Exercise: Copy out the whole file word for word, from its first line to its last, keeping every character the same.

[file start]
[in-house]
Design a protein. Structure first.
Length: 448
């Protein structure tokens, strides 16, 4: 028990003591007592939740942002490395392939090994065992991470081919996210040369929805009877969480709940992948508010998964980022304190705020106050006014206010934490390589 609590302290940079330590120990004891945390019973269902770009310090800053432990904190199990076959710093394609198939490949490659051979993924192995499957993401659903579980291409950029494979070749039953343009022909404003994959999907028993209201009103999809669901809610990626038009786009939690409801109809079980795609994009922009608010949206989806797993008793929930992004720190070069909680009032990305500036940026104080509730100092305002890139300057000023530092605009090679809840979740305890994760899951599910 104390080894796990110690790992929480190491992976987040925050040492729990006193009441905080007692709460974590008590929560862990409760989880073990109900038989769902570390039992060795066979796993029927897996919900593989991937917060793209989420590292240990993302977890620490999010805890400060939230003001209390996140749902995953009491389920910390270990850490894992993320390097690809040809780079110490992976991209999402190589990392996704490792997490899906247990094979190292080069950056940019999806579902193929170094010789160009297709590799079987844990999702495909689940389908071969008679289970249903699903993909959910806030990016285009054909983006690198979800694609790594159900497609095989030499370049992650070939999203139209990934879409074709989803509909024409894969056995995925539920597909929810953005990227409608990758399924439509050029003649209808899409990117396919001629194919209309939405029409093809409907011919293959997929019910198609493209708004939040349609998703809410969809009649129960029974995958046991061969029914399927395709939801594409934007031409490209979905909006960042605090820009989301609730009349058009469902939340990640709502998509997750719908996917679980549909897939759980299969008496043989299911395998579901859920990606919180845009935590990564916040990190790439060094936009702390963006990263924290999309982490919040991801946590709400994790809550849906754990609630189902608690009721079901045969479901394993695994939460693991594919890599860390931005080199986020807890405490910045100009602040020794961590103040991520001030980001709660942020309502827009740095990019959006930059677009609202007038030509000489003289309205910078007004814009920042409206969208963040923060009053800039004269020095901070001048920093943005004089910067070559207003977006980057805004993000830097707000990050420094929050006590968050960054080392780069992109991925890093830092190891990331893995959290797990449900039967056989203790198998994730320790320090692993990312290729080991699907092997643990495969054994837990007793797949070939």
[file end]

[in-house]
Design a protein. Structure first.
Length: 448
């Protein structure tokens, strides 16, 4: 028990003591007592939740942002490395392939090994065992991470081919996210040369929805009877969480709940992948508010998964980022304190705020106050006014206010934490390589 609590302290940079330590120990004891945390019973269902770009310090800053432990904190199990076959710093394609198939490949490659051979993924192995499957993401659903579980291409950029494979070749039953343009022909404003994959999907028993209201009103999809669901809610990626038009786009939690409801109809079980795609994009922009608010949206989806797993008793929930992004720190070069909680009032990305500036940026104080509730100092305002890139300057000023530092605009090679809840979740305890994760899951599910 104390080894796990110690790992929480190491992976987040925050040492729990006193009441905080007692709460974590008590929560862990409760989880073990109900038989769902570390039992060795066979796993029927897996919900593989991937917060793209989420590292240990993302977890620490999010805890400060939230003001209390996140749902995953009491389920910390270990850490894992993320390097690809040809780079110490992976991209999402190589990392996704490792997490899906247990094979190292080069950056940019999806579902193929170094010789160009297709590799079987844990999702495909689940389908071969008679289970249903699903993909959910806030990016285009054909983006690198979800694609790594159900497609095989030499370049992650070939999203139209990934879409074709989803509909024409894969056995995925539920597909929810953005990227409608990758399924439509050029003649209808899409990117396919001629194919209309939405029409093809409907011919293959997929019910198609493209708004939040349609998703809410969809009649129960029974995958046991061969029914399927395709939801594409934007031409490209979905909006960042605090820009989301609730009349058009469902939340990640709502998509997750719908996917679980549909897939759980299969008496043989299911395998579901859920990606919180845009935590990564916040990190790439060094936009702390963006990263924290999309982490919040991801946590709400994790809550849906754990609630189902608690009721079901045969479901394993695994939460693991594919890599860390931005080199986020807890405490910045100009602040020794961590103040991520001030980001709660942020309502827009740095990019959006930059677009609202007038030509000489003289309205910078007004814009920042409206969208963040923060009053800039004269020095901070001048920093943005004089910067070559207003977006980057805004993000830097707000990050420094929050006590968050960054080392780069992109991925890093830092190891990331893995959290797990449900039967056989203790198998994730320790320090692993990312290729080991699907092997643990495969054994837990007793797949070939």